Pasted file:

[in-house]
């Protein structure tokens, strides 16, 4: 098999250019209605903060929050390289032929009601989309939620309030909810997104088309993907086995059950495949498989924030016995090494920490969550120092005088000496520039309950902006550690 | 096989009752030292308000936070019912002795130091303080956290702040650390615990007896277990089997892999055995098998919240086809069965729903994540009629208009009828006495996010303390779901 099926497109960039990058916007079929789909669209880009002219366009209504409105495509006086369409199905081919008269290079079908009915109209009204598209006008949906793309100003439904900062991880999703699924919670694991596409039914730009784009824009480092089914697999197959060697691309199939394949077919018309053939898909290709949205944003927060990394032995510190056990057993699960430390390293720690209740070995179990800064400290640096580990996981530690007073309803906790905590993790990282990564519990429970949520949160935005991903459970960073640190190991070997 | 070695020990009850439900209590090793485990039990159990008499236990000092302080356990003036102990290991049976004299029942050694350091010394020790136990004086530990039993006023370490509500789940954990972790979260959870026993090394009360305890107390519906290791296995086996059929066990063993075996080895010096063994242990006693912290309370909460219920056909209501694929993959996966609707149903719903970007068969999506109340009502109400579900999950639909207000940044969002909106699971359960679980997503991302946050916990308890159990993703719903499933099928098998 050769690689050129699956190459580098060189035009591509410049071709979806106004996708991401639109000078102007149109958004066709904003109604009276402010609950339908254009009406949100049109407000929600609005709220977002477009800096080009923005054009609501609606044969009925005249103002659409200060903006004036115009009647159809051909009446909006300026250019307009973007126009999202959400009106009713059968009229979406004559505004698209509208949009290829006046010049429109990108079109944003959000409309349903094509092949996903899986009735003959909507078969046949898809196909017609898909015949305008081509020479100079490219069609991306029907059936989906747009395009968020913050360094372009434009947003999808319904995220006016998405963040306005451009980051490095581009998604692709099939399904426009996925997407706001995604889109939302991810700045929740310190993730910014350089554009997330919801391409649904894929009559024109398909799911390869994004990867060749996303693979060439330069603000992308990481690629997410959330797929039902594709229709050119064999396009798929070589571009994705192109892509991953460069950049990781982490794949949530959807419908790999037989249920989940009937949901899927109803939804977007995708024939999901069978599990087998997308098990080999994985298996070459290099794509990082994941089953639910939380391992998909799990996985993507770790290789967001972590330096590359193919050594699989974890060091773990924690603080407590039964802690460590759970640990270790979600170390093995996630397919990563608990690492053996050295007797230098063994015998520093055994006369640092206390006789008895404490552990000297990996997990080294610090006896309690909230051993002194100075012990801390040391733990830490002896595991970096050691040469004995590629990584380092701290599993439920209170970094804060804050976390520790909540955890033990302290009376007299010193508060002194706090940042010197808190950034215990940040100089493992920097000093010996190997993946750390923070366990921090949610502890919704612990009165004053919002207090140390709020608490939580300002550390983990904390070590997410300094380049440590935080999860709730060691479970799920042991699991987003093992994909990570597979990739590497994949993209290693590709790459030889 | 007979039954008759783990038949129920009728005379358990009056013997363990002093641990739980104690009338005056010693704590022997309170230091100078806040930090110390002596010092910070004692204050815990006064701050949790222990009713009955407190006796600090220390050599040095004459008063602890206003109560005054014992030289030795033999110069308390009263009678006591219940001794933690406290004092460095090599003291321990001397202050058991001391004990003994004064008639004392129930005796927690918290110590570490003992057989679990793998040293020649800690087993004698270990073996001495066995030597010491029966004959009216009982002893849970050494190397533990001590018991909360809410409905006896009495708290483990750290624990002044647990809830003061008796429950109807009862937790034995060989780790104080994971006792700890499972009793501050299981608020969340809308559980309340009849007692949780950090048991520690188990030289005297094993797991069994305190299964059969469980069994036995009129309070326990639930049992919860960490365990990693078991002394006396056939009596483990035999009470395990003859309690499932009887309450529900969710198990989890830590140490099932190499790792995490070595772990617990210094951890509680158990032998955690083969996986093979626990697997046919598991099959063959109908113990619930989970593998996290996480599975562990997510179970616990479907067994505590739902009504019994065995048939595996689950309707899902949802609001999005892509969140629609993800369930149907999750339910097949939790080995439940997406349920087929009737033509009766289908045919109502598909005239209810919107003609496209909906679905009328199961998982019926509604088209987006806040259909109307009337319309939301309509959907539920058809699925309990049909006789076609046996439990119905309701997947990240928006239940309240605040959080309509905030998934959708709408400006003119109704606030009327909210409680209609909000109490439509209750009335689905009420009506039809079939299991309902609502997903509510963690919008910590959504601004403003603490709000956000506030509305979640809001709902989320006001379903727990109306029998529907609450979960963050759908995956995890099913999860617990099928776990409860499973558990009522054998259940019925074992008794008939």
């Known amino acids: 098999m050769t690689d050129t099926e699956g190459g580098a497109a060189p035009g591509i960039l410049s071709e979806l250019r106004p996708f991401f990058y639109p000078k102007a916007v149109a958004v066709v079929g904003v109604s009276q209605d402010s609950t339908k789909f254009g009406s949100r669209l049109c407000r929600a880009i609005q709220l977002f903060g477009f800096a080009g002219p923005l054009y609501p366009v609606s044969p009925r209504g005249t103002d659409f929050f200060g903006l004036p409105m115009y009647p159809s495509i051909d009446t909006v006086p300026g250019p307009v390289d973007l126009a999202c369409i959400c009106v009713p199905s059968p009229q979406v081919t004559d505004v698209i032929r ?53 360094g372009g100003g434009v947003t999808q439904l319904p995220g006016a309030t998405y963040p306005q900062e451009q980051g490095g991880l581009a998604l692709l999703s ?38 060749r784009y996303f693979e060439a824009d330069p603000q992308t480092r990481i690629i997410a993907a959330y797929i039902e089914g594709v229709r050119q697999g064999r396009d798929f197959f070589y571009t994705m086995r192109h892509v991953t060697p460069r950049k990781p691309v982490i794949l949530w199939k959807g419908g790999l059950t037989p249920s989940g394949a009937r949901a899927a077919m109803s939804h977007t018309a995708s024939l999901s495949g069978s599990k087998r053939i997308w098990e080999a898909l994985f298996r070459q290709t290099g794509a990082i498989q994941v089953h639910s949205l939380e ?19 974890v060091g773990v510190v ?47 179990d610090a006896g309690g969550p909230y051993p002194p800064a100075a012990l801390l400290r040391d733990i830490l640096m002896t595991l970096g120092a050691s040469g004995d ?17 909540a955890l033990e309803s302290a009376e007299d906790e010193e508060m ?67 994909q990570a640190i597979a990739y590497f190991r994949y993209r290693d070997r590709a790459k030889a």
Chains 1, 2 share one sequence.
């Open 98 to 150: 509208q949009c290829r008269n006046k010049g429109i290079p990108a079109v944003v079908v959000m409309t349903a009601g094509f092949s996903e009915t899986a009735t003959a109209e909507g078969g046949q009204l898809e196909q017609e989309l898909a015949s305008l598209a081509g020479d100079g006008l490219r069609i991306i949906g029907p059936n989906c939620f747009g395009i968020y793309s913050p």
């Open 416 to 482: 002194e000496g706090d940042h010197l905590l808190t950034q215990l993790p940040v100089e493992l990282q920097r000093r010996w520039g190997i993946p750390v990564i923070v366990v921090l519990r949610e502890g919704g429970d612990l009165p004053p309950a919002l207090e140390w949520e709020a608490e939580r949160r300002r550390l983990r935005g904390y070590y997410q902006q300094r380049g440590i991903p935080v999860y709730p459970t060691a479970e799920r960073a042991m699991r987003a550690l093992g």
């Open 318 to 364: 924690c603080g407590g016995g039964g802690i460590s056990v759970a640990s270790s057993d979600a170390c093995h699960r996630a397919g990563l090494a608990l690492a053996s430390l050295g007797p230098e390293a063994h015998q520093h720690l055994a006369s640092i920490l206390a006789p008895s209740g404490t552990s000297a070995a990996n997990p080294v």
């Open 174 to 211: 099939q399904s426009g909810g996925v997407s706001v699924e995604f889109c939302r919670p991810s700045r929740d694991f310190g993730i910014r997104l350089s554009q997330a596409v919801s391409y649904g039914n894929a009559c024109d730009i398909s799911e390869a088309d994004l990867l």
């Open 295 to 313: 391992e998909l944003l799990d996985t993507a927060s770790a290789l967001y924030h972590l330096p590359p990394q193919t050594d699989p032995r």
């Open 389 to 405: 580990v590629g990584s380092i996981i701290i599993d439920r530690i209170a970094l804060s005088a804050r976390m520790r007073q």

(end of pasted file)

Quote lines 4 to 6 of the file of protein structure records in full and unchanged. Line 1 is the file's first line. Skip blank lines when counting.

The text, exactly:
Chains 1, 2 share one sequence.
């Open 98 to 150: 509208q949009c290829r008269n006046k010049g429109i290079p990108a079109v944003v079908v959000m409309t349903a009601g094509f092949s996903e009915t899986a009735t003959a109209e909507g078969g046949q009204l898809e196909q017609e989309l898909a015949s305008l598209a081509g020479d100079g006008l490219r069609i991306i949906g029907p059936n989906c939620f747009g395009i968020y793309s913050p």
């Open 416 to 482: 002194e000496g706090d940042h010197l905590l808190t950034q215990l993790p940040v100089e493992l990282q920097r000093r010996w520039g190997i993946p750390v990564i923070v366990v921090l519990r949610e502890g919704g429970d612990l009165p004053p309950a919002l207090e140390w949520e709020a608490e939580r949160r300002r550390l983990r935005g904390y070590y997410q902006q300094r380049g440590i991903p935080v999860y709730p459970t060691a479970e799920r960073a042991m699991r987003a550690l093992g």